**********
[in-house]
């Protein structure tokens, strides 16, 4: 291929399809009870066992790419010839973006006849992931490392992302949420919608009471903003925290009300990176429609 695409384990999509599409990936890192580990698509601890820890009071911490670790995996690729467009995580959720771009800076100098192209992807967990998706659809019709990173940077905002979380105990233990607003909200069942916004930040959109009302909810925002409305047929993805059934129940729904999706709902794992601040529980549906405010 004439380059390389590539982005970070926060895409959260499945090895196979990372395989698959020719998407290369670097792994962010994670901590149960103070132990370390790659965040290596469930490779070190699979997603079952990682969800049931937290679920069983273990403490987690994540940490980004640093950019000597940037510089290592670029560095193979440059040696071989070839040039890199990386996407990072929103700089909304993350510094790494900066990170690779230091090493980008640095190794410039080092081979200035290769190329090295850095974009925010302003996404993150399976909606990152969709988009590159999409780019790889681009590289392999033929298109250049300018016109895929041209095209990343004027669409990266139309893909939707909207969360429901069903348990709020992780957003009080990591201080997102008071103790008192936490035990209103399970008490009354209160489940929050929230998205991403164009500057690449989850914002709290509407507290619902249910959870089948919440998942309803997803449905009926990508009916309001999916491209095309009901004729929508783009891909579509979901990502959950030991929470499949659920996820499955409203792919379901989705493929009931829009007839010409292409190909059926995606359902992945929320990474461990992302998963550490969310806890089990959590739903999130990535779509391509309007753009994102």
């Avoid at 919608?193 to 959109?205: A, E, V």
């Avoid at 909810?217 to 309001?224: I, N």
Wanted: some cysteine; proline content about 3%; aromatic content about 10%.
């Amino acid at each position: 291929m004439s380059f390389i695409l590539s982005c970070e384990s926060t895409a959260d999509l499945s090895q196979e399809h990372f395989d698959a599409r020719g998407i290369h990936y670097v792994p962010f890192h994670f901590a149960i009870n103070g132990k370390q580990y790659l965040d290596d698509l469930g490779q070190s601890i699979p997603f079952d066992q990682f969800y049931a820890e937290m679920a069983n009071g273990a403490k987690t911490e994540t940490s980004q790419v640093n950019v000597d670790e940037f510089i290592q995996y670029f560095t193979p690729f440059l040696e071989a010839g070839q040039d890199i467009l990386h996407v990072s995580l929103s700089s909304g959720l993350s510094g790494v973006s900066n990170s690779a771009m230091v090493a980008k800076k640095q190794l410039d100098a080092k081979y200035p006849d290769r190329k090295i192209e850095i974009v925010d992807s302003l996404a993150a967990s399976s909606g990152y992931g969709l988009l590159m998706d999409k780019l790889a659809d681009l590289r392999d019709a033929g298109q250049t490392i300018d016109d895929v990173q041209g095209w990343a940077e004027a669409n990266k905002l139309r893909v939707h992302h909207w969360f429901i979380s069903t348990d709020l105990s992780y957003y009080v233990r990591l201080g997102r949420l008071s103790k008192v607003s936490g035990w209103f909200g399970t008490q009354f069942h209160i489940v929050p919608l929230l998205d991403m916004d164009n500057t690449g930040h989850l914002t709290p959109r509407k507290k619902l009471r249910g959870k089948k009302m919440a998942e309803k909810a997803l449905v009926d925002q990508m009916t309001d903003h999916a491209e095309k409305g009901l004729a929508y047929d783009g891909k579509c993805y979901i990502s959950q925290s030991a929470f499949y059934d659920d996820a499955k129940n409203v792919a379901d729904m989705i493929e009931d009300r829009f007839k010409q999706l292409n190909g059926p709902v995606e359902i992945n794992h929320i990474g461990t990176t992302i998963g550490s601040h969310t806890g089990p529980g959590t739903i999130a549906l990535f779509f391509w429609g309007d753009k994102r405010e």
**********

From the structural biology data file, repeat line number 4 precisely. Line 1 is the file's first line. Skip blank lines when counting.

């Avoid at 909810?217 to 309001?224: I, N």